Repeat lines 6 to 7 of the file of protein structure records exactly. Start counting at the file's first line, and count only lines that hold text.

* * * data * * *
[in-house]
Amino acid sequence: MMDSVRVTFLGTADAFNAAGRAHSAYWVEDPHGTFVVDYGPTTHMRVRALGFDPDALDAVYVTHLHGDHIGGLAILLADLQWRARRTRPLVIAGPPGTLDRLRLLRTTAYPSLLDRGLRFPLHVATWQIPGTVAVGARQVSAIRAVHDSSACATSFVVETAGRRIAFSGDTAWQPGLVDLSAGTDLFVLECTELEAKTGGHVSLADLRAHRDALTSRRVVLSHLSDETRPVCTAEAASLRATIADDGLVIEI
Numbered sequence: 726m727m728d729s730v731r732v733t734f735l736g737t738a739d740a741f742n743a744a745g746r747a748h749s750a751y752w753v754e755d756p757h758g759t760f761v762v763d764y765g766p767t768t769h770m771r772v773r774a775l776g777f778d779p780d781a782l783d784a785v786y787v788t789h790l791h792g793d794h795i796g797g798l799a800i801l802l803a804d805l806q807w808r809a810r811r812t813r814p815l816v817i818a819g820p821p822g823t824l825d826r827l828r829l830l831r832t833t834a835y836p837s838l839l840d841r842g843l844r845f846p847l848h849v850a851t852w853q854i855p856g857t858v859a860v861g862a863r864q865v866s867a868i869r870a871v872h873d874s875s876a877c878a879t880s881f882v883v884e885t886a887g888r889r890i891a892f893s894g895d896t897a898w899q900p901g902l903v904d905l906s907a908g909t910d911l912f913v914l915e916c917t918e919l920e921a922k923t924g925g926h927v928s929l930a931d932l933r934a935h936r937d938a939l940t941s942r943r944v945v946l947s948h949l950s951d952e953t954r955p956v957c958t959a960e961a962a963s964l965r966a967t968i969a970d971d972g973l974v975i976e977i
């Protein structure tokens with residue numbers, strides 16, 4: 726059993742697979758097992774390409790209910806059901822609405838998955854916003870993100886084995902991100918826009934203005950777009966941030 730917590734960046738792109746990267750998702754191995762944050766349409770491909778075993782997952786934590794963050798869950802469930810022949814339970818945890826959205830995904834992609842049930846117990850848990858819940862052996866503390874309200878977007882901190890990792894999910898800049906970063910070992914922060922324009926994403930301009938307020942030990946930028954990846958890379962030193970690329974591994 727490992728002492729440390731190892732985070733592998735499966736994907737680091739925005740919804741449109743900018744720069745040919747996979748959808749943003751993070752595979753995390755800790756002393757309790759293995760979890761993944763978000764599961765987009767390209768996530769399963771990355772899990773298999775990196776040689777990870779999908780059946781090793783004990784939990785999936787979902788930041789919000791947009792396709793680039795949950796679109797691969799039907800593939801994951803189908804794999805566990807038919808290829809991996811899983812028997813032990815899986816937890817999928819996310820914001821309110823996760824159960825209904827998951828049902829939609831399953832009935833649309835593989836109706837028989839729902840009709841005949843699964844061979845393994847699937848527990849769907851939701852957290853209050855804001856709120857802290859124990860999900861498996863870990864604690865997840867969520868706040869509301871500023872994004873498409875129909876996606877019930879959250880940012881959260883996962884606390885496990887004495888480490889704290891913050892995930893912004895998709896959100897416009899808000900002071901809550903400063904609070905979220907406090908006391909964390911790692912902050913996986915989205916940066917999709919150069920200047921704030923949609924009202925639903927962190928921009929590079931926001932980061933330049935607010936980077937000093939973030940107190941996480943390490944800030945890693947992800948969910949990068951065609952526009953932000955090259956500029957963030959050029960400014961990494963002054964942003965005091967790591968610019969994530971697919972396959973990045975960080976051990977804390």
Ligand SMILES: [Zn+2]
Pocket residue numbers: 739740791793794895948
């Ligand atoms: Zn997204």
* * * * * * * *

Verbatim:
Pocket residue numbers: 739740791793794895948
């Ligand atoms: Zn997204």